GUIDELINES FOR PROPER STUDY OF FOREIGN LITERATURE



Tirana

BASHKIMI in Albanian

15 December 77 p 3


[Article by Nexhip Garni:

"Some Criteria of the Methodology of the Study of Foreign Literature"]




[Text] Literature with its special means reflects the economic and social background in which it is born and develops. This makes it one of the forms of human knowledge. Stating the essence of the Marxist theory of knowledge, Lenin wrote:


"...there are historically determined limits to approaching our knowledge through objective truth, but it is an unconditional fact that we do approach them. The contours of the picture are historically determined, but it is an unconditional fact that this picture reflects a model which exists objectively."


This thesis is equally important for studying literature and for literature itself. Marxist-Leninist esthetics finds in this special characteristic of literature one of its most important values. At the same time it serves us as a methodological criterion for the study of foreign literature and uncovering and pointing out its values.

However the thousands of years of world literature is not a single process.

The division of individual societies into antagonistic classes also led to the differentiation of their ideologies. In bourgeois societies this antagonism has pronounced characteristics. In one form or other, this class antagonism is expressed even in the development of literature through the centuries. From this we have a methodological criterion that has special political importance under the conditions of the bitter ideological struggle against remnants of the past and against the pressure of bourgeois-revisionist ideology. Comrade Enver stressed at the seventh party congress:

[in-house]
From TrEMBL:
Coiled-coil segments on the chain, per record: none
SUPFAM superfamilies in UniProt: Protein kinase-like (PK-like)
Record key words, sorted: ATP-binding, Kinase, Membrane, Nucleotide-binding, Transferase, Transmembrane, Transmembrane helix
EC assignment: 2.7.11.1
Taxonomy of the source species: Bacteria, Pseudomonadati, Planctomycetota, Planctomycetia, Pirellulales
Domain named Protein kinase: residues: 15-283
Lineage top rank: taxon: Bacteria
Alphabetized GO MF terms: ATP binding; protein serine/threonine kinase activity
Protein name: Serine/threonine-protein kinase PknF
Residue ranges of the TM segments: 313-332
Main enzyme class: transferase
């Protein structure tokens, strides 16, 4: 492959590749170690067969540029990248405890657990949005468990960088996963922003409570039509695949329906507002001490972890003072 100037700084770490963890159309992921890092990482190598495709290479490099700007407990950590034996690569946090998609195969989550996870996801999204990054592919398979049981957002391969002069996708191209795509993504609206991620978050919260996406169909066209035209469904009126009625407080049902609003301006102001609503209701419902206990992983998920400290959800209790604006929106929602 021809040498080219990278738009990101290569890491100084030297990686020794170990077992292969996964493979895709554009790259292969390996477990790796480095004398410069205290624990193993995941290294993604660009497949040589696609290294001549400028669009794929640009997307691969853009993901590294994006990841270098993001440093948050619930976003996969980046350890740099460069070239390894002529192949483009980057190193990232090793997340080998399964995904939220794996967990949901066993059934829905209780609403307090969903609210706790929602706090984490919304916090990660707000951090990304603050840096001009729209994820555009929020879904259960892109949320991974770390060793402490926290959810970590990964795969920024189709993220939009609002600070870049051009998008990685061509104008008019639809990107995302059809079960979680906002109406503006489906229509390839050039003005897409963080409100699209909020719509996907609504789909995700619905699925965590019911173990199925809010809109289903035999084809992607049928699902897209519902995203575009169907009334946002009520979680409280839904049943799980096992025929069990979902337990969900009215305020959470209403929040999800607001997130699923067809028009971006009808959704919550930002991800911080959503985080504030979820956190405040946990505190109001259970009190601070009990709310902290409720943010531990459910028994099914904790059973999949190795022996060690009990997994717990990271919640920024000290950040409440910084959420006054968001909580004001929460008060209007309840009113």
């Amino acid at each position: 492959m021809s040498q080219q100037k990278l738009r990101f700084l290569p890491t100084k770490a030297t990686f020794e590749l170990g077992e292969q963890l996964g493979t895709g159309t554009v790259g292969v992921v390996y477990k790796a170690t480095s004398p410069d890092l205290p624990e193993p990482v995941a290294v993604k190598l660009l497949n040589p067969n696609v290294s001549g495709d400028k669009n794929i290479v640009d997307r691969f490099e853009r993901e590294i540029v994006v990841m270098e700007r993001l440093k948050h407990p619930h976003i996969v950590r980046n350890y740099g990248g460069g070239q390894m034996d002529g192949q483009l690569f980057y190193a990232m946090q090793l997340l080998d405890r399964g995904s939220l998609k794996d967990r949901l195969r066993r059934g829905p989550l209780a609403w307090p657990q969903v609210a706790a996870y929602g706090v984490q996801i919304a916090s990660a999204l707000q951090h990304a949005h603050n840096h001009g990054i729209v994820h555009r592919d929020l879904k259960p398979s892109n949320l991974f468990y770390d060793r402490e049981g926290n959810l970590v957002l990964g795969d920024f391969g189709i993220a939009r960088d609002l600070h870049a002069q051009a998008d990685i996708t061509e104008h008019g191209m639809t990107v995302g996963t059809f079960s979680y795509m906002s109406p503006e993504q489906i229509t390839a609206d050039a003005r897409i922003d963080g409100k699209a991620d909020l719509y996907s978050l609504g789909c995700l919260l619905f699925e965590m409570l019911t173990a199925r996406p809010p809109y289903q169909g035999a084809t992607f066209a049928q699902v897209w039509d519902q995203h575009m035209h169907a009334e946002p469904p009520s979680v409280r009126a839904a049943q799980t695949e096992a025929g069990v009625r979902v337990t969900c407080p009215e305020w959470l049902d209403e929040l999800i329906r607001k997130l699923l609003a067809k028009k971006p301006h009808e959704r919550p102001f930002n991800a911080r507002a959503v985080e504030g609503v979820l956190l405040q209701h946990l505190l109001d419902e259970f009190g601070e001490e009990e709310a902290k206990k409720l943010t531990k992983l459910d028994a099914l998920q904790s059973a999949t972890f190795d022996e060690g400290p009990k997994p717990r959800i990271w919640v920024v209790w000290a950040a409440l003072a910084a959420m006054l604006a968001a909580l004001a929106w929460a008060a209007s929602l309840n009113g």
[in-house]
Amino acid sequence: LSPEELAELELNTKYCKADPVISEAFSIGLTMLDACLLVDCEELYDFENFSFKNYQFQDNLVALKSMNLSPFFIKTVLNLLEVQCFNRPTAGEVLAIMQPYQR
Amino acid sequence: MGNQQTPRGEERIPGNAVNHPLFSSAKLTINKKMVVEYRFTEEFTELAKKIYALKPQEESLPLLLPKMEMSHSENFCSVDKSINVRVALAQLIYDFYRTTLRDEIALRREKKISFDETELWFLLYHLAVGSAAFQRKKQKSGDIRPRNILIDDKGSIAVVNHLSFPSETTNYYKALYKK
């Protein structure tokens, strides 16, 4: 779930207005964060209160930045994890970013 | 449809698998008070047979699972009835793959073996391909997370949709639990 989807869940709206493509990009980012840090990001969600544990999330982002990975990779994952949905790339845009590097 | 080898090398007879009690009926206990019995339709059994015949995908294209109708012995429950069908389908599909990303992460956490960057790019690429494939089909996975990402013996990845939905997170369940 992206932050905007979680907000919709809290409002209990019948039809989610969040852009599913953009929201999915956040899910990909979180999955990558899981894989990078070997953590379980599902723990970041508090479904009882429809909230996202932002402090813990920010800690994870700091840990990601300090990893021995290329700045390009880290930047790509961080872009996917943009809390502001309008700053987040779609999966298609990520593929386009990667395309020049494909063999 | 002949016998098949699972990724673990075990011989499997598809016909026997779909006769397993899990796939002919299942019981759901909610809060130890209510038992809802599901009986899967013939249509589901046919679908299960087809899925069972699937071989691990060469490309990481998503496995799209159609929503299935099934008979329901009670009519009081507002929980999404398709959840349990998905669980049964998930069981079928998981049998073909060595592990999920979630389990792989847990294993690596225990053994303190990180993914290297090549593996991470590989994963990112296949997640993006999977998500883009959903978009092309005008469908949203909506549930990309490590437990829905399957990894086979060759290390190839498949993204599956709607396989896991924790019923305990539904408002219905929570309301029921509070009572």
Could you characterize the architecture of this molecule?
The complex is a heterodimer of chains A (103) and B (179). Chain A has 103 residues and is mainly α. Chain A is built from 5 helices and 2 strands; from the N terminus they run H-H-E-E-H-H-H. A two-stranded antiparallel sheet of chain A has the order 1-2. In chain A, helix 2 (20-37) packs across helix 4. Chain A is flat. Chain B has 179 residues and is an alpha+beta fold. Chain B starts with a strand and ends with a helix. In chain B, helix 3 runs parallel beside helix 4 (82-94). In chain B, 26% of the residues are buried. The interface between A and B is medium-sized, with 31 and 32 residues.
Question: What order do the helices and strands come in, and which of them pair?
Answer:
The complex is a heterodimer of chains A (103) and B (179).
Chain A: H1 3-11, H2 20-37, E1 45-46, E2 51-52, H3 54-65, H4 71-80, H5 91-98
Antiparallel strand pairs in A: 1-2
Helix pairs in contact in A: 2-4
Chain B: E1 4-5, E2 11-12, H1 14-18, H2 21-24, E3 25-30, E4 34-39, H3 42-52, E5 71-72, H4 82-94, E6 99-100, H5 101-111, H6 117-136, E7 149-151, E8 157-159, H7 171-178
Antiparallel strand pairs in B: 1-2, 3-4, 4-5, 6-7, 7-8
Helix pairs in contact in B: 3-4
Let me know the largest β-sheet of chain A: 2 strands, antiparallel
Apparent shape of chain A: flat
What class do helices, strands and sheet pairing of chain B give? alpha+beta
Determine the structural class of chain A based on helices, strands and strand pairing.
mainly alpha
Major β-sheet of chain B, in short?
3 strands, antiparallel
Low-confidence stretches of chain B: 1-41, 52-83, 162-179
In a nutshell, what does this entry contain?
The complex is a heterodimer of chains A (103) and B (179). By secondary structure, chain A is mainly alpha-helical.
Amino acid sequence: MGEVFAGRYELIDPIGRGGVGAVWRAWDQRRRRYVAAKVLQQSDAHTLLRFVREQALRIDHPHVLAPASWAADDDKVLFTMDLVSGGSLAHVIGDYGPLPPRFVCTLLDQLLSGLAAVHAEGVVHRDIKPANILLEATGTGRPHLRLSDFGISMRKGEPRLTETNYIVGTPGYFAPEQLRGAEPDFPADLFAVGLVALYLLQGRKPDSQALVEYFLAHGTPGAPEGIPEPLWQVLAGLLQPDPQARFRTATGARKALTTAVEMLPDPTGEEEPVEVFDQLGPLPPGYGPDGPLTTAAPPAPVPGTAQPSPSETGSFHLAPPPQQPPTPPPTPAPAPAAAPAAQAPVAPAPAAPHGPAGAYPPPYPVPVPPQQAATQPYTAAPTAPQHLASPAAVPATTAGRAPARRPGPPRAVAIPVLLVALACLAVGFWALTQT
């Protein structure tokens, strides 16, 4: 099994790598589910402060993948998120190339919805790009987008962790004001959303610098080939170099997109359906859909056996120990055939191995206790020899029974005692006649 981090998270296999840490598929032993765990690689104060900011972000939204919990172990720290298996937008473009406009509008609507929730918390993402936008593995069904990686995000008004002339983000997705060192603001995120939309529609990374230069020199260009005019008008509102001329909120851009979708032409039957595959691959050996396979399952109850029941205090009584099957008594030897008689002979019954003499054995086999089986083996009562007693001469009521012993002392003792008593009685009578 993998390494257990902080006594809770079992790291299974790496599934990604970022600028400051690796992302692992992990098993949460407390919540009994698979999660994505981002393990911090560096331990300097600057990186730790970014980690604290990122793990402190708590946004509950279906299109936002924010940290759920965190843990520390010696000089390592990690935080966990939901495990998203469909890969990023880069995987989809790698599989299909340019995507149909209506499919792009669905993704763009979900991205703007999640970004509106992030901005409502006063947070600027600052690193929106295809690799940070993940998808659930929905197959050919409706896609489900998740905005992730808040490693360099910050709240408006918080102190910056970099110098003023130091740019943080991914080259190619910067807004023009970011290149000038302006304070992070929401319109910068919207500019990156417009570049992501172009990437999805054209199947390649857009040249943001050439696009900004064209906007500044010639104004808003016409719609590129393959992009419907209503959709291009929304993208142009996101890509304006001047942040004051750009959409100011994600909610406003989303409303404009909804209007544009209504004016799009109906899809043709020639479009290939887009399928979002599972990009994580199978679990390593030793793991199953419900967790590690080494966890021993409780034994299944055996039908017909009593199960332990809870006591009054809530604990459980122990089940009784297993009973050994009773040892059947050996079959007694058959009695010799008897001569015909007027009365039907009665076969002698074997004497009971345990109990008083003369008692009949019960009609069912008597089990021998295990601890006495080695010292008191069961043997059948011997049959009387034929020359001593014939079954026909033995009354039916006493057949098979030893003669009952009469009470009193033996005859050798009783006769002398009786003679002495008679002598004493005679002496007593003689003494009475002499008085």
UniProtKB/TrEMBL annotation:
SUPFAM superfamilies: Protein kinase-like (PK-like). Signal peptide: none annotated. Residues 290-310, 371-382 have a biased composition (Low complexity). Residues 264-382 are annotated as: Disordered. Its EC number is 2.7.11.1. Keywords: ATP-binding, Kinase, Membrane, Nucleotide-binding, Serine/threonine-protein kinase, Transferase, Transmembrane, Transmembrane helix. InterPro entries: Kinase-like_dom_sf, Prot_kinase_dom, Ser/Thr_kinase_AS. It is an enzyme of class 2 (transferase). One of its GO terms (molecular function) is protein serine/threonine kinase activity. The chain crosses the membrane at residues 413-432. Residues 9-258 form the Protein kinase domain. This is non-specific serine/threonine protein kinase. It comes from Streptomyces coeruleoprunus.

"We have our art, music, literature, traditions and culture, which we love and wish that others will also become acquainted with. But we also respect progressive world culture, and we take from it and disseminate in our country that which we need and which serves us."


Writers who express the aspirations of the oppressed classes and who are interested in eliminating oppression and exploitation try to present reality truthfully; they uncover the vices of contemporary society and express the protest of the working masses, although in the literature before socialist realism and in the creations of contemporary realist writers this protest is vague, faulty, or indirect. In any case, realistic writers, consciously or not, keep to this materialist principle of reflecting social life truthfully.

Literary spokesmen for the exploiting classes' interest, by trying to perpetuate the existing social relations or by considering them to be eternal (which ultimately leads to the same result) go against historic truth, distort reality, avoid reflecting the class contradictions or concentrate on social phenomena of secondary importance, and therefore they do not reflect basic reality.

Therefore the programs, texts, and instruction in the various kinds of schools mainly analyze the positive literary manifestations, while regressive trends are treated as a whole so that it is necessary to reflect the class struggle which has taken place through the centuries in all countries. It is necessary for these criteria to be always kept in mind by the authors of foreign literature programs and texts when they continuously process them.